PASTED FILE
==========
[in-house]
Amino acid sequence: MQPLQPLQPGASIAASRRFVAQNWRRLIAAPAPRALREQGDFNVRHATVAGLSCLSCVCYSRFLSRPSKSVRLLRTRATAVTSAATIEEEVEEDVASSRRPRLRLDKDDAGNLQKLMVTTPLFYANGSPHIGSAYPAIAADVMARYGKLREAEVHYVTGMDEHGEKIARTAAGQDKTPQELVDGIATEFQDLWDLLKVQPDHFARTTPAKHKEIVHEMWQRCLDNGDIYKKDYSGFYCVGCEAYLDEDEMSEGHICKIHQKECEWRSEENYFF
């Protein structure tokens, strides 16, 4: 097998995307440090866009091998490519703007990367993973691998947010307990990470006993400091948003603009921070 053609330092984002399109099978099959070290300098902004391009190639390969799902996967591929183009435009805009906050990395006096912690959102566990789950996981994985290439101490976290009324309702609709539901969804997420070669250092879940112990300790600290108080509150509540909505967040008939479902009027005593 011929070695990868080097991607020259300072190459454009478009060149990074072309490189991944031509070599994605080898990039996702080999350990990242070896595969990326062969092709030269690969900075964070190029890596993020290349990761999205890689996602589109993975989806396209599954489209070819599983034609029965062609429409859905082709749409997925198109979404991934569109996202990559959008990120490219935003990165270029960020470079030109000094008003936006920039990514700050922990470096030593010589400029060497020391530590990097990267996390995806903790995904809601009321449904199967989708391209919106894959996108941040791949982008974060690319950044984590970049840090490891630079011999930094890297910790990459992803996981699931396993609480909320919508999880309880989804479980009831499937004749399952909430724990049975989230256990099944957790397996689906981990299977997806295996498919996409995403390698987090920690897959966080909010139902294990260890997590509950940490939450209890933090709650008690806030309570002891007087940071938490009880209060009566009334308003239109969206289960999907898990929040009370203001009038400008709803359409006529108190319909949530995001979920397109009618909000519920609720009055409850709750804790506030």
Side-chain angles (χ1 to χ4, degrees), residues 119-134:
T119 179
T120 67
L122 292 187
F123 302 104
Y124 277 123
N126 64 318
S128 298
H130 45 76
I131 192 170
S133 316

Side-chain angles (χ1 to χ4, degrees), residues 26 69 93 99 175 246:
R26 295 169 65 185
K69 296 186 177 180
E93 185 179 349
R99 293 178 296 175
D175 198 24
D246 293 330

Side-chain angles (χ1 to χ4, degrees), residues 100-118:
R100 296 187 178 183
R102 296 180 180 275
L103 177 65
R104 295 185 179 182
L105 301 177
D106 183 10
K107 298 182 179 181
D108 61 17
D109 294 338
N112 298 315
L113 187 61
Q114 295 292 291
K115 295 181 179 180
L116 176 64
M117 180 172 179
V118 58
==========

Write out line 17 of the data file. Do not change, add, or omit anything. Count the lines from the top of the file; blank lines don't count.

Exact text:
K69 296 186 177 180